all require resources but not from the MoD. What things would
you highlight that could require resources from the MoD?
General Sir William Rollo: In
the first instance, housing for Service people is an MoD responsibilitythat
sits with us. What is on the shortlist otherwise? I will give
an example of something I am really interested in: the Armed Forces
Compensation Scheme and its relationship with other benefits.
That is an area where there is clearly a crossover, because the
Government is giving people significant sums of money in compensation,
quite rightly, and therefore their financial status changes and
there is a significant interaction with benefits elsewhere. That
works, often on a voluntary basis, very satisfactorily, but it
is an area where I am really keen that we should achieve consistency
in practice in the future. That is one area.
Q203 Chair: Does anyone want to
add to that?
Air Marshal Pulford: I come back
to the resources thing. You are absolutely right that some of
this will cost money, but remember that it is about our people
not feeling disadvantaged because of the nature of the life they
are asked to lead because they are in the Armed Forces. A lot
of that is about prioritisation and access, not necessarily something
that will require resources. They are not asking for special treatmentto
go to the very top of a listbut they are asking that if
they move around on a regular basis, they are put at the appropriate
place on the list when they move. It comes down to fairness. I
do not think that it is all necessarily about resource, although
I do acknowledge that some areas will cost money.
Admiral Montgomery: The most obvious
and emotive area would be the continuing care that Service men
and ex-Service men need when they have suffered injuries, whether
in operations or not, and what place and what preferential treatment
they might be afforded in the NHS. There are areas that undoubtedly
will bring resource costs to other Government Departments and
Q204 David Wright: This follows
on, really, from what Admiral Montgomery just said. Clearly,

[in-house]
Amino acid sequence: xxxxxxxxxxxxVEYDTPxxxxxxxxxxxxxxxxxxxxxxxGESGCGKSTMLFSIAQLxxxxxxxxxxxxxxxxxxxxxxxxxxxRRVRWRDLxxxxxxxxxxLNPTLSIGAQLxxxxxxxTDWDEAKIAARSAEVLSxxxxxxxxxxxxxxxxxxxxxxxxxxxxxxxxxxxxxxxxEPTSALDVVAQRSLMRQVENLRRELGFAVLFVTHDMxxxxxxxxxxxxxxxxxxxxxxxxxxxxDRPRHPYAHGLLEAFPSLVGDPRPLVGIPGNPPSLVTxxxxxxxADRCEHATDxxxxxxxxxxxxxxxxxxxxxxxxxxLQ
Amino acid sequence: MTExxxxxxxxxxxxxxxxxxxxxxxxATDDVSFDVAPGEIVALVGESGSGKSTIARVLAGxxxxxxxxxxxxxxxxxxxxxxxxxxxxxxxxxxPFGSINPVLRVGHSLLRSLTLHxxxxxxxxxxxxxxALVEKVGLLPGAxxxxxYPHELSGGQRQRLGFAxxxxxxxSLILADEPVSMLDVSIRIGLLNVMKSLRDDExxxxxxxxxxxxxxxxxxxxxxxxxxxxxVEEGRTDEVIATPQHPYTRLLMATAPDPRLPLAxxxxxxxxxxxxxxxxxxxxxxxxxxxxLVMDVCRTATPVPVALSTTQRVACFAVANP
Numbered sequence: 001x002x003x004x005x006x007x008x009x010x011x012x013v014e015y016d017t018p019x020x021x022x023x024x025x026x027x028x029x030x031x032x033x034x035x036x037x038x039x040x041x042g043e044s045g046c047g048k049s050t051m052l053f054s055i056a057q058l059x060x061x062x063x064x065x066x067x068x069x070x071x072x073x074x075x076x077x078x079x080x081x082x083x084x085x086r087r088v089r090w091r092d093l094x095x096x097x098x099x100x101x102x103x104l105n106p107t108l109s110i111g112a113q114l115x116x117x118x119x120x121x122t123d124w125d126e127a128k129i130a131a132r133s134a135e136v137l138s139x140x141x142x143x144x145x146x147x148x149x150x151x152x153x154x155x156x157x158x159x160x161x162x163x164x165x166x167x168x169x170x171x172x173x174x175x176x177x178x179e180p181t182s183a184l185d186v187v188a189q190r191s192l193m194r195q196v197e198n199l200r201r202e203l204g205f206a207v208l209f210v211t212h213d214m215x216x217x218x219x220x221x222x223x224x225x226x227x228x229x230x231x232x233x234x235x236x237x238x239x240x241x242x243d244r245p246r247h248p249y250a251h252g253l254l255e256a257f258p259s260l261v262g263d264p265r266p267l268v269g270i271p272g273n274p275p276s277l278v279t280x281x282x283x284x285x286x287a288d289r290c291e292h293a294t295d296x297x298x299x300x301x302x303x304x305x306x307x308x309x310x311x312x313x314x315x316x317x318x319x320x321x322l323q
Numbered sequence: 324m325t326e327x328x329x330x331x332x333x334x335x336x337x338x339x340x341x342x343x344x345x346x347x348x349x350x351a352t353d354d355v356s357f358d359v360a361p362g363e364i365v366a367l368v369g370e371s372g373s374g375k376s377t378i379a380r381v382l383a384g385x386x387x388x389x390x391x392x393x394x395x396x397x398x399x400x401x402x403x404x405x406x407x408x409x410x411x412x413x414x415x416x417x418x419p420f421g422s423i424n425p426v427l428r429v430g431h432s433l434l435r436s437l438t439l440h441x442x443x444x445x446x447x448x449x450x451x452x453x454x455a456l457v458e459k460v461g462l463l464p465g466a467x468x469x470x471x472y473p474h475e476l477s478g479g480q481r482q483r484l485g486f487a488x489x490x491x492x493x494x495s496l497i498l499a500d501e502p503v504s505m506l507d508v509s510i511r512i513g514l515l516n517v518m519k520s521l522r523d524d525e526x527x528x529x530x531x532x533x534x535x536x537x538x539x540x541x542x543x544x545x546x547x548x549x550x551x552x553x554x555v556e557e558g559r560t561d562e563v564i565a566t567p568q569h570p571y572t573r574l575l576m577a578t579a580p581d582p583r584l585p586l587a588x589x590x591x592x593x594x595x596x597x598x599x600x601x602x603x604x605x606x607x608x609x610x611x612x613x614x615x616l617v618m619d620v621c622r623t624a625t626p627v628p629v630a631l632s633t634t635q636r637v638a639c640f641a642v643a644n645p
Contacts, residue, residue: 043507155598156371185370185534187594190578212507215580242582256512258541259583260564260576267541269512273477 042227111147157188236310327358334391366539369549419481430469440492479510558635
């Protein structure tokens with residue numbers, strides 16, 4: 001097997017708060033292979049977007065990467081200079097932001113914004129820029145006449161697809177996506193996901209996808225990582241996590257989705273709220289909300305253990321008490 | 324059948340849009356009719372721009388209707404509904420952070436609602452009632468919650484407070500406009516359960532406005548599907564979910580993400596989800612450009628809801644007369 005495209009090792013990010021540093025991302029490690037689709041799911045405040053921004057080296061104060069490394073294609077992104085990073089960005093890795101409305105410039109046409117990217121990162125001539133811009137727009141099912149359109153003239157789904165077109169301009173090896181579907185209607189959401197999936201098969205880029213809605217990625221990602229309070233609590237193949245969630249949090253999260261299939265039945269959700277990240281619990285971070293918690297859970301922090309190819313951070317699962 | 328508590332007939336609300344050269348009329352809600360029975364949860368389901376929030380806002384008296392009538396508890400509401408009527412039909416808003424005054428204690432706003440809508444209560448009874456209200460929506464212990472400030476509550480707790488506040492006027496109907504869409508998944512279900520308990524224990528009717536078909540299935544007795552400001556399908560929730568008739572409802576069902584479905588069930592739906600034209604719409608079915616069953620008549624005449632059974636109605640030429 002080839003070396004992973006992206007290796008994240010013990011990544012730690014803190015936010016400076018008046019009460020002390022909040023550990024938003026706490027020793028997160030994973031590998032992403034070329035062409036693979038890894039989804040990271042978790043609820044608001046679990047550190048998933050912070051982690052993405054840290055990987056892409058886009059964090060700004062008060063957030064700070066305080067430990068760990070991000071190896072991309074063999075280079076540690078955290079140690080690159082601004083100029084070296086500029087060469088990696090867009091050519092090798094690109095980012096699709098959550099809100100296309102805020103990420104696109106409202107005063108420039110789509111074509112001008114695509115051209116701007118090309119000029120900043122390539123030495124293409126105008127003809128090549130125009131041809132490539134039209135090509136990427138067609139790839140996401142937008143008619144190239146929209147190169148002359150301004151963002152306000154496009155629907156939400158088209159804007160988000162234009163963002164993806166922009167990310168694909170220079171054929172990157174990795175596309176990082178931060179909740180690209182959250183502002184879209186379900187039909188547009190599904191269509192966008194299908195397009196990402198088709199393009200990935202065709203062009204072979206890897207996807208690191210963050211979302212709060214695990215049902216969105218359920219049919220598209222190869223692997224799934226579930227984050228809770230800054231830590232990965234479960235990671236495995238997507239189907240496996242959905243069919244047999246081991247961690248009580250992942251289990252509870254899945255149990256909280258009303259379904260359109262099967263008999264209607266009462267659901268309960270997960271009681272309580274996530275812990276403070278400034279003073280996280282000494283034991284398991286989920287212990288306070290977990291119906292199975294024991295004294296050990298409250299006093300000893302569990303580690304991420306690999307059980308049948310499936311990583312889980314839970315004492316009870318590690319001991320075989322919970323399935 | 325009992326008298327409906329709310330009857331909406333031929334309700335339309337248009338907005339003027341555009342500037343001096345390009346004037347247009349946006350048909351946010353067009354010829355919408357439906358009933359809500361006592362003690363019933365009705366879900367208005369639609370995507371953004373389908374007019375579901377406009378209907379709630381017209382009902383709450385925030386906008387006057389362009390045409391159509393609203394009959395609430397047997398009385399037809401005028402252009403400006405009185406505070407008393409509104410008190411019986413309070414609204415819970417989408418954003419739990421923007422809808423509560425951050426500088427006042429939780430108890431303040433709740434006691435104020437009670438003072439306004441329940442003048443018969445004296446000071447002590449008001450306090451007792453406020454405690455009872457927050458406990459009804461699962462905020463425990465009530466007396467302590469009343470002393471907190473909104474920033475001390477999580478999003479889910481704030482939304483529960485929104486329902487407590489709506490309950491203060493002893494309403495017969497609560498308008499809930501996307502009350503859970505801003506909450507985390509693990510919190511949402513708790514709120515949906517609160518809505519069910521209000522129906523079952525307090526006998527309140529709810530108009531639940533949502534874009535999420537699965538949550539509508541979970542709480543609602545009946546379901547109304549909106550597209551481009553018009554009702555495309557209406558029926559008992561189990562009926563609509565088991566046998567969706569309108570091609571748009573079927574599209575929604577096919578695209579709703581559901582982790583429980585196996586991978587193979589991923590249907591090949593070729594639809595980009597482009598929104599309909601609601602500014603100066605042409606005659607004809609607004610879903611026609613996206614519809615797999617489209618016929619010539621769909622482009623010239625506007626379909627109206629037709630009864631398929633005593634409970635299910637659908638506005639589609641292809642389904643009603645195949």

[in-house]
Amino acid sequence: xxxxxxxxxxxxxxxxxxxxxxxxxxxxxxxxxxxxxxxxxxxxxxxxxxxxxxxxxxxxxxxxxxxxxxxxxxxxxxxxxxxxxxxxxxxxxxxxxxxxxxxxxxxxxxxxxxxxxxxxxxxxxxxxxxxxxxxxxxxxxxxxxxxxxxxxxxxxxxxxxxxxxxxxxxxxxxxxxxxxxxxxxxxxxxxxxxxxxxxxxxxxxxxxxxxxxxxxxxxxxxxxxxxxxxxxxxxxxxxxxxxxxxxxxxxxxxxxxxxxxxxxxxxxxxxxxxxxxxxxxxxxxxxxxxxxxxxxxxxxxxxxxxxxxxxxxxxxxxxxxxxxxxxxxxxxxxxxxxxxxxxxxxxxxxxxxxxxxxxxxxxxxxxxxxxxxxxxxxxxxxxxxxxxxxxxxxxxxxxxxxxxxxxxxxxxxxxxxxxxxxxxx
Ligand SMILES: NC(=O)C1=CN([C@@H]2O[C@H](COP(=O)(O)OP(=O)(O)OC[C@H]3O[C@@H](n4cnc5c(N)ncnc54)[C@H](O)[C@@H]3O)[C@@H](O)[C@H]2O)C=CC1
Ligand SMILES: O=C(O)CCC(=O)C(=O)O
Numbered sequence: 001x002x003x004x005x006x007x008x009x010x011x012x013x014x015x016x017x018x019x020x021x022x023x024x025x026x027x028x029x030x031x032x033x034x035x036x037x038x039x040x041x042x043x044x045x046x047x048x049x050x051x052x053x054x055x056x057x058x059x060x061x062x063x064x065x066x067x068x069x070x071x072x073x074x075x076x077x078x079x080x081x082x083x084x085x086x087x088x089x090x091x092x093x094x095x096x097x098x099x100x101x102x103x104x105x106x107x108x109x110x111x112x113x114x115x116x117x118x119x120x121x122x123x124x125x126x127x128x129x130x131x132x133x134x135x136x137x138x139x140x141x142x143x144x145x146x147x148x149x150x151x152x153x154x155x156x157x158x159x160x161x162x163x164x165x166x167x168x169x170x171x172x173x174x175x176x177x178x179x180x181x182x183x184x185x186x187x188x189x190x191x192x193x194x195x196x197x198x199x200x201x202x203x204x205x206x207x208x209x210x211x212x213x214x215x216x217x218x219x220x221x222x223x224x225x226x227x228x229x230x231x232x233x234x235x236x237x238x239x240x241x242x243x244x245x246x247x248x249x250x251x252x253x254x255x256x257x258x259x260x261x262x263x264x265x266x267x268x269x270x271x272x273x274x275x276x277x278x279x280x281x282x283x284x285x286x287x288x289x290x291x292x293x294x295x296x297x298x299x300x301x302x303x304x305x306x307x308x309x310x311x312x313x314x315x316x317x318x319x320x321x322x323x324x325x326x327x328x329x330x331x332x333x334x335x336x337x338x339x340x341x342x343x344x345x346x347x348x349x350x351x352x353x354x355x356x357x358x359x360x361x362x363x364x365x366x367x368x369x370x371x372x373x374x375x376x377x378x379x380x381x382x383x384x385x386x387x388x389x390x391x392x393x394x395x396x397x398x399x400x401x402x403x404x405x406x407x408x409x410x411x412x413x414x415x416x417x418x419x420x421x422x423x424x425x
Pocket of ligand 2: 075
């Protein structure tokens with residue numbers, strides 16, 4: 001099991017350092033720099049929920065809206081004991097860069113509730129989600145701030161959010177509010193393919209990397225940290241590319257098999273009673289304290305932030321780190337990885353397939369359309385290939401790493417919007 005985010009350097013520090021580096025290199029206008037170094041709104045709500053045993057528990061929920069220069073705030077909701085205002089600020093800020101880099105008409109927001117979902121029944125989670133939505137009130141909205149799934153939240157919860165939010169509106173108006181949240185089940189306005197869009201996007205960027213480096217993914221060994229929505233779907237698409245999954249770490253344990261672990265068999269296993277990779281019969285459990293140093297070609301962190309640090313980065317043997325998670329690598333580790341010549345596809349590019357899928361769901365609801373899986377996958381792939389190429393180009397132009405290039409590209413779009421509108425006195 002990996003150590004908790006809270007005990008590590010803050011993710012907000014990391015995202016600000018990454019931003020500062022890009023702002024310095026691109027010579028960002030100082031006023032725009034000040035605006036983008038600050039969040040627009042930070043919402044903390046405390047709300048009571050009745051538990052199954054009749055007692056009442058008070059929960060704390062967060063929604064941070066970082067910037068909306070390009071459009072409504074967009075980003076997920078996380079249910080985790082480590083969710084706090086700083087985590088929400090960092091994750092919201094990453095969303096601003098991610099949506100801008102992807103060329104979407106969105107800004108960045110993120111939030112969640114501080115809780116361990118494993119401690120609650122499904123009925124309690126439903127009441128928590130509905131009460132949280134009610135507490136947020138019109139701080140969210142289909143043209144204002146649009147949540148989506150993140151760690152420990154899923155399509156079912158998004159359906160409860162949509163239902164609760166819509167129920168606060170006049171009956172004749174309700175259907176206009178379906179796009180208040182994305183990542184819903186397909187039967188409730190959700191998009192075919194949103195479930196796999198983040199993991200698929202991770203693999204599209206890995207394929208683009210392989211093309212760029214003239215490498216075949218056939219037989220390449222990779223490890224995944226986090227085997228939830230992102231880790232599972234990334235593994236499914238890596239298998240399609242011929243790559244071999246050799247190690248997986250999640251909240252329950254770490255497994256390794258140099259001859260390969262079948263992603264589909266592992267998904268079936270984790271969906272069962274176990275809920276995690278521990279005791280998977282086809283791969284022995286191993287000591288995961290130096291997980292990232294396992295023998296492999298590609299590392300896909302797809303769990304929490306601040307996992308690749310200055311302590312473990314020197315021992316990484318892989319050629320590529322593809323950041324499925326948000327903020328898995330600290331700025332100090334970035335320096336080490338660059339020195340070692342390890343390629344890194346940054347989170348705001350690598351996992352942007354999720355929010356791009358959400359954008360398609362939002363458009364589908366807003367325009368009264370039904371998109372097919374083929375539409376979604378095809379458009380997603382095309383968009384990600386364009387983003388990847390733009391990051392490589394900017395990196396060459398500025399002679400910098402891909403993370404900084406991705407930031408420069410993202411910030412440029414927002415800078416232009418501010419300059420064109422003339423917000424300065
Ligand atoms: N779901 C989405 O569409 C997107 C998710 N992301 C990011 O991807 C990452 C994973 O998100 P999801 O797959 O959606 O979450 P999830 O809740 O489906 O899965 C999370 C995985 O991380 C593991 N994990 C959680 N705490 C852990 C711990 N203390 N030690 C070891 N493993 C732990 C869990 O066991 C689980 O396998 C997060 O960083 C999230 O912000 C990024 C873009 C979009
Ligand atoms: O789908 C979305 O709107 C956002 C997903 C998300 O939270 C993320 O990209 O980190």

it is easier to monitor the Covenant among serving personnel;
and clearly, we will keep track on the progress of people who
are, sadly, badly injured, as they leave the Service. How will
we gather data on veterans who perhaps leave the Service without
injuryhopefully most do; we would like them all toand
monitor them in terms of the commitments in the Covenant? How
long do we keep data on veterans, for example? How will we assess
whether we are meeting our ongoing commitment to them as veterans
over time? We heard in a briefing about a week ago that we do
keep some records, but they are pretty sketchy. How are we going
to deal with that?
General Sir William Rollo: One
of the key ones is medical records. I do not know whether you
are calling the Surgeon General but he has done a huge amount
of work in the past two or three years to improve the interaction
of the Services medical system and the Department of Health, so
that effectively, records will be transferred in a much smoother
fashion than they could be in the past, and there will be a way
of identifying former Service men within the Department of Health
records. That is my understanding, anyway.
Q205 David Wright: Take, for example,
housing. Someone may leave the Service, say, after 10 years,
as a veteran with housing requirements. How, and how long, will
we monitor those individuals with respect to their housing needssay,
over five or 10 years?
General Sir William Rollo: I am
not sure we will. We will provide resettlement advice as they
go out, and we are doing a lot of additional work on how we improve
that service, but once they are launched, unless they have a specific
problem related to their service, they become a normal citizen
and carry on.
Q206 David Wright: One would assume
that we have a commitment to people who leave the Servicethat
they will not, for example, become street homeless.
General Sir William Rollo: Surely.